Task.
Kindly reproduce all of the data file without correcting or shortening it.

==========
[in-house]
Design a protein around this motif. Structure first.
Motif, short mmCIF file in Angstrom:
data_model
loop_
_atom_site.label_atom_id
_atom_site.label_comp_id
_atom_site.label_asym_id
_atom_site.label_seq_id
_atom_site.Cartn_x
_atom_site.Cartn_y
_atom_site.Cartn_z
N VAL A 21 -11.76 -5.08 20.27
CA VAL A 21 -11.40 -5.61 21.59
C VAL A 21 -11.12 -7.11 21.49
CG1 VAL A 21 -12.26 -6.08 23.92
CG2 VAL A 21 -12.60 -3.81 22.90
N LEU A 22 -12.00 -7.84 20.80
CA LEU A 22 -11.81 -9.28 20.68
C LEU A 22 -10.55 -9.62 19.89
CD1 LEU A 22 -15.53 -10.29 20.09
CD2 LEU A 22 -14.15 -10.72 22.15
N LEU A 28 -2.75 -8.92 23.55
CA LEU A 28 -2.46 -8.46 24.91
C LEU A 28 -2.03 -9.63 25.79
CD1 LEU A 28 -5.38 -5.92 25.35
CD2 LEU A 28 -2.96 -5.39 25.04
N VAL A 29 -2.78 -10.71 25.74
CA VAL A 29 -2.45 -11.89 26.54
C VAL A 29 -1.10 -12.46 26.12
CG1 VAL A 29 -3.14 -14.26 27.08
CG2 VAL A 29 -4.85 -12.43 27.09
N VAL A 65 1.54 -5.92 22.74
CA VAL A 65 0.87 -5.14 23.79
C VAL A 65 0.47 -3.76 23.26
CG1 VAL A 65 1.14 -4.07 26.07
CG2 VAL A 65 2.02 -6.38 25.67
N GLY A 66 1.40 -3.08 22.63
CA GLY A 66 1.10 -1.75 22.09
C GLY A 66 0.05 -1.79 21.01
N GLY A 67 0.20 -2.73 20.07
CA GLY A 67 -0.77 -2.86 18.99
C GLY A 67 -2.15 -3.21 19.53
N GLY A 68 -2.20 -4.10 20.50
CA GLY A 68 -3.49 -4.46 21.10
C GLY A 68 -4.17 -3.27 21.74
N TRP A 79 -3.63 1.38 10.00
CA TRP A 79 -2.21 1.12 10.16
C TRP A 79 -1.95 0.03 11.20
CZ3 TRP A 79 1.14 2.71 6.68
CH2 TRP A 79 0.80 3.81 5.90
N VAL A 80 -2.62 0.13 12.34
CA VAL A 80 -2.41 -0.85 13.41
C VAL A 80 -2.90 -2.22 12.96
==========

[in-house]
Design a protein around this motif. Structure first.
Motif, short mmCIF file in Angstrom:
data_model
loop_
_atom_site.label_atom_id
_atom_site.label_comp_id
_atom_site.label_asym_id
_atom_site.label_seq_id
_atom_site.Cartn_x
_atom_site.Cartn_y
_atom_site.Cartn_z
N VAL A 21 -11.76 -5.08 20.27
CA VAL A 21 -11.40 -5.61 21.59
C VAL A 21 -11.12 -7.11 21.49
CG1 VAL A 21 -12.26 -6.08 23.92
CG2 VAL A 21 -12.60 -3.81 22.90
N LEU A 22 -12.00 -7.84 20.80
CA LEU A 22 -11.81 -9.28 20.68
C LEU A 22 -10.55 -9.62 19.89
CD1 LEU A 22 -15.53 -10.29 20.09
CD2 LEU A 22 -14.15 -10.72 22.15
N LEU A 28 -2.75 -8.92 23.55
CA LEU A 28 -2.46 -8.46 24.91
C LEU A 28 -2.03 -9.63 25.79
CD1 LEU A 28 -5.38 -5.92 25.35
CD2 LEU A 28 -2.96 -5.39 25.04
N VAL A 29 -2.78 -10.71 25.74
CA VAL A 29 -2.45 -11.89 26.54
C VAL A 29 -1.10 -12.46 26.12
CG1 VAL A 29 -3.14 -14.26 27.08
CG2 VAL A 29 -4.85 -12.43 27.09
N VAL A 65 1.54 -5.92 22.74
CA VAL A 65 0.87 -5.14 23.79
C VAL A 65 0.47 -3.76 23.26
CG1 VAL A 65 1.14 -4.07 26.07
CG2 VAL A 65 2.02 -6.38 25.67
N GLY A 66 1.40 -3.08 22.63
CA GLY A 66 1.10 -1.75 22.09
C GLY A 66 0.05 -1.79 21.01
N GLY A 67 0.20 -2.73 20.07
CA GLY A 67 -0.77 -2.86 18.99
C GLY A 67 -2.15 -3.21 19.53
N GLY A 68 -2.20 -4.10 20.50
CA GLY A 68 -3.49 -4.46 21.10
C GLY A 68 -4.17 -3.27 21.74
N TRP A 79 -3.63 1.38 10.00
CA TRP A 79 -2.21 1.12 10.16
C TRP A 79 -1.95 0.03 11.20
CZ3 TRP A 79 1.14 2.71 6.68
CH2 TRP A 79 0.80 3.81 5.90
N VAL A 80 -2.62 0.13 12.34
CA VAL A 80 -2.41 -0.85 13.41
C VAL A 80 -2.90 -2.22 12.96